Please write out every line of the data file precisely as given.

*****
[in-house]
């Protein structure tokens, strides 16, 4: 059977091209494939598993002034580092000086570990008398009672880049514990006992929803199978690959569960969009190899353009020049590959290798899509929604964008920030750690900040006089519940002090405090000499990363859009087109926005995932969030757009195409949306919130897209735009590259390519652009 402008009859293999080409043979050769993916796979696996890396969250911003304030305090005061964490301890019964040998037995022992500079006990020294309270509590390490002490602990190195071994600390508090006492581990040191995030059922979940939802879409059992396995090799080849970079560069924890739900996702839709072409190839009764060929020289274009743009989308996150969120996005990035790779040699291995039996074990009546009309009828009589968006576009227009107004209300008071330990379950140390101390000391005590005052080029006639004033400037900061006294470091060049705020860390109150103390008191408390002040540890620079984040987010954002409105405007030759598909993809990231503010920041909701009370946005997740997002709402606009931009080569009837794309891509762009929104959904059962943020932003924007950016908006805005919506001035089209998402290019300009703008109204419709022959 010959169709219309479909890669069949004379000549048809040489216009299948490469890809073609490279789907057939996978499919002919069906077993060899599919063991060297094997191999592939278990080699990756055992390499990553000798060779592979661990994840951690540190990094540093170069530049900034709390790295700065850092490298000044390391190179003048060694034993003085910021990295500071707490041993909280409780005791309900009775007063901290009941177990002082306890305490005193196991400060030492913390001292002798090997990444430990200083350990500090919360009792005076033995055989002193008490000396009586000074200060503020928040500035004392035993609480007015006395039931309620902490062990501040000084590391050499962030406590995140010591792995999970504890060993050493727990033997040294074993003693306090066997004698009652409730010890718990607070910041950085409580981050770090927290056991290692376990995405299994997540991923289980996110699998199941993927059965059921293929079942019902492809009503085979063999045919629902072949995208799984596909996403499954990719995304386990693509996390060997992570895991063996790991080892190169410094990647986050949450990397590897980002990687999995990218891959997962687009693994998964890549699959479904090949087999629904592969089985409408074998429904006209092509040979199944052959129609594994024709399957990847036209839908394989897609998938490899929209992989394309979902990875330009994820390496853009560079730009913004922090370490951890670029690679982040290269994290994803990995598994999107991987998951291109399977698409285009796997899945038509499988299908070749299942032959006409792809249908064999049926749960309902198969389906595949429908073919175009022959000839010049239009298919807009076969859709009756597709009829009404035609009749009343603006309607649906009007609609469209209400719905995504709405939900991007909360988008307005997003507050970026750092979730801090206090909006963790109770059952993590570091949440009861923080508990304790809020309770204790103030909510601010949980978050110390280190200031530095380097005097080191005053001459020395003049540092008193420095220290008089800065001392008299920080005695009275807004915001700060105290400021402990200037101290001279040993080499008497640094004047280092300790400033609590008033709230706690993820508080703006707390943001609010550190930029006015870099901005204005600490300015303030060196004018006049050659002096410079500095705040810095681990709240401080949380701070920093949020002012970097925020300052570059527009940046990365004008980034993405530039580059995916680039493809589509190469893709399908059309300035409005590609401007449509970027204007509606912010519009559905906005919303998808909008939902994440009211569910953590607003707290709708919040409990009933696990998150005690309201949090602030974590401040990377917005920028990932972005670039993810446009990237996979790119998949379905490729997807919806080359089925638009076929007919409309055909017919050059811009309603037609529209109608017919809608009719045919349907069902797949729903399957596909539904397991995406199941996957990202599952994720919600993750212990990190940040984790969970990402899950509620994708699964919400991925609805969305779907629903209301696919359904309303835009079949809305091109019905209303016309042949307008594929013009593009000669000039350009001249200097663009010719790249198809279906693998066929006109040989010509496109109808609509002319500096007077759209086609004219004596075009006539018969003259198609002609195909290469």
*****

[in-house]
């Protein structure tokens, strides 16, 4: 059977091209494939598993002034580092000086570990008398009672880049514990006992929803199978690959569960969009190899353009020049590959290798899509929604964008920030750690900040006089519940002090405090000499990363859009087109926005995932969030757009195409949306919130897209735009590259390519652009 402008009859293999080409043979050769993916796979696996890396969250911003304030305090005061964490301890019964040998037995022992500079006990020294309270509590390490002490602990190195071994600390508090006492581990040191995030059922979940939802879409059992396995090799080849970079560069924890739900996702839709072409190839009764060929020289274009743009989308996150969120996005990035790779040699291995039996074990009546009309009828009589968006576009227009107004209300008071330990379950140390101390000391005590005052080029006639004033400037900061006294470091060049705020860390109150103390008191408390002040540890620079984040987010954002409105405007030759598909993809990231503010920041909701009370946005997740997002709402606009931009080569009837794309891509762009929104959904059962943020932003924007950016908006805005919506001035089209998402290019300009703008109204419709022959 010959169709219309479909890669069949004379000549048809040489216009299948490469890809073609490279789907057939996978499919002919069906077993060899599919063991060297094997191999592939278990080699990756055992390499990553000798060779592979661990994840951690540190990094540093170069530049900034709390790295700065850092490298000044390391190179003048060694034993003085910021990295500071707490041993909280409780005791309900009775007063901290009941177990002082306890305490005193196991400060030492913390001292002798090997990444430990200083350990500090919360009792005076033995055989002193008490000396009586000074200060503020928040500035004392035993609480007015006395039931309620902490062990501040000084590391050499962030406590995140010591792995999970504890060993050493727990033997040294074993003693306090066997004698009652409730010890718990607070910041950085409580981050770090927290056991290692376990995405299994997540991923289980996110699998199941993927059965059921293929079942019902492809009503085979063999045919629902072949995208799984596909996403499954990719995304386990693509996390060997992570895991063996790991080892190169410094990647986050949450990397590897980002990687999995990218891959997962687009693994998964890549699959479904090949087999629904592969089985409408074998429904006209092509040979199944052959129609594994024709399957990847036209839908394989897609998938490899929209992989394309979902990875330009994820390496853009560079730009913004922090370490951890670029690679982040290269994290994803990995598994999107991987998951291109399977698409285009796997899945038509499988299908070749299942032959006409792809249908064999049926749960309902198969389906595949429908073919175009022959000839010049239009298919807009076969859709009756597709009829009404035609009749009343603006309607649906009007609609469209209400719905995504709405939900991007909360988008307005997003507050970026750092979730801090206090909006963790109770059952993590570091949440009861923080508990304790809020309770204790103030909510601010949980978050110390280190200031530095380097005097080191005053001459020395003049540092008193420095220290008089800065001392008299920080005695009275807004915001700060105290400021402990200037101290001279040993080499008497640094004047280092300790400033609590008033709230706690993820508080703006707390943001609010550190930029006015870099901005204005600490300015303030060196004018006049050659002096410079500095705040810095681990709240401080949380701070920093949020002012970097925020300052570059527009940046990365004008980034993405530039580059995916680039493809589509190469893709399908059309300035409005590609401007449509970027204007509606912010519009559905906005919303998808909008939902994440009211569910953590607003707290709708919040409990009933696990998150005690309201949090602030974590401040990377917005920028990932972005670039993810446009990237996979790119998949379905490729997807919806080359089925638009076929007919409309055909017919050059811009309603037609529209109608017919809608009719045919349907069902797949729903399957596909539904397991995406199941996957990202599952994720919600993750212990990190940040984790969970990402899950509620994708699964919400991925609805969305779907629903209301696919359904309303835009079949809305091109019905209303016309042949307008594929013009593009000669000039350009001249200097663009010719790249198809279906693998066929006109040989010509496109109808609509002319500096007077759209086609004219004596075009006539018969003259198609002609195909290469």